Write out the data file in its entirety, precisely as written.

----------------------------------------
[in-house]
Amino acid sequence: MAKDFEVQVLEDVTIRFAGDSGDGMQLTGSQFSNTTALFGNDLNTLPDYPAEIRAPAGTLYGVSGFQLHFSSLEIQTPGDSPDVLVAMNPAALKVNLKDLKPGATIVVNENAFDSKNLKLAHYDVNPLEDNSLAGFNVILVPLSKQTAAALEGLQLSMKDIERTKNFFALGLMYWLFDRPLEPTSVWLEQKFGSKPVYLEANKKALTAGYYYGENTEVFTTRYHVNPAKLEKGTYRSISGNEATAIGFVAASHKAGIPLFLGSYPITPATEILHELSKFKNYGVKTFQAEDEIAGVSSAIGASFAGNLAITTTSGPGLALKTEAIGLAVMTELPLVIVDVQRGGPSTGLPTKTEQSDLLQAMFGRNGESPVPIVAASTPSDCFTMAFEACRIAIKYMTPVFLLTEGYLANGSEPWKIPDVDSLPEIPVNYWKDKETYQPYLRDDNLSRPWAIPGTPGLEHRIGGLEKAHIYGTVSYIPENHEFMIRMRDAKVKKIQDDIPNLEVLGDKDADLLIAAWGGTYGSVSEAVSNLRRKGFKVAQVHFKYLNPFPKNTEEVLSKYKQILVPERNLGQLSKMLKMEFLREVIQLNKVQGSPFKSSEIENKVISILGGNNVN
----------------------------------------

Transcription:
[in-house]
Amino acid sequence: MAKDFEVQVLEDVTIRFAGDSGDGMQLTGSQFSNTTALFGNDLNTLPDYPAEIRAPAGTLYGVSGFQLHFSSLEIQTPGDSPDVLVAMNPAALKVNLKDLKPGATIVVNENAFDSKNLKLAHYDVNPLEDNSLAGFNVILVPLSKQTAAALEGLQLSMKDIERTKNFFALGLMYWLFDRPLEPTSVWLEQKFGSKPVYLEANKKALTAGYYYGENTEVFTTRYHVNPAKLEKGTYRSISGNEATAIGFVAASHKAGIPLFLGSYPITPATEILHELSKFKNYGVKTFQAEDEIAGVSSAIGASFAGNLAITTTSGPGLALKTEAIGLAVMTELPLVIVDVQRGGPSTGLPTKTEQSDLLQAMFGRNGESPVPIVAASTPSDCFTMAFEACRIAIKYMTPVFLLTEGYLANGSEPWKIPDVDSLPEIPVNYWKDKETYQPYLRDDNLSRPWAIPGTPGLEHRIGGLEKAHIYGTVSYIPENHEFMIRMRDAKVKKIQDDIPNLEVLGDKDADLLIAAWGGTYGSVSEAVSNLRRKGFKVAQVHFKYLNPFPKNTEEVLSKYKQILVPERNLGQLSKMLKMEFLREVIQLNKVQGSPFKSSEIENKVISILGGNNVN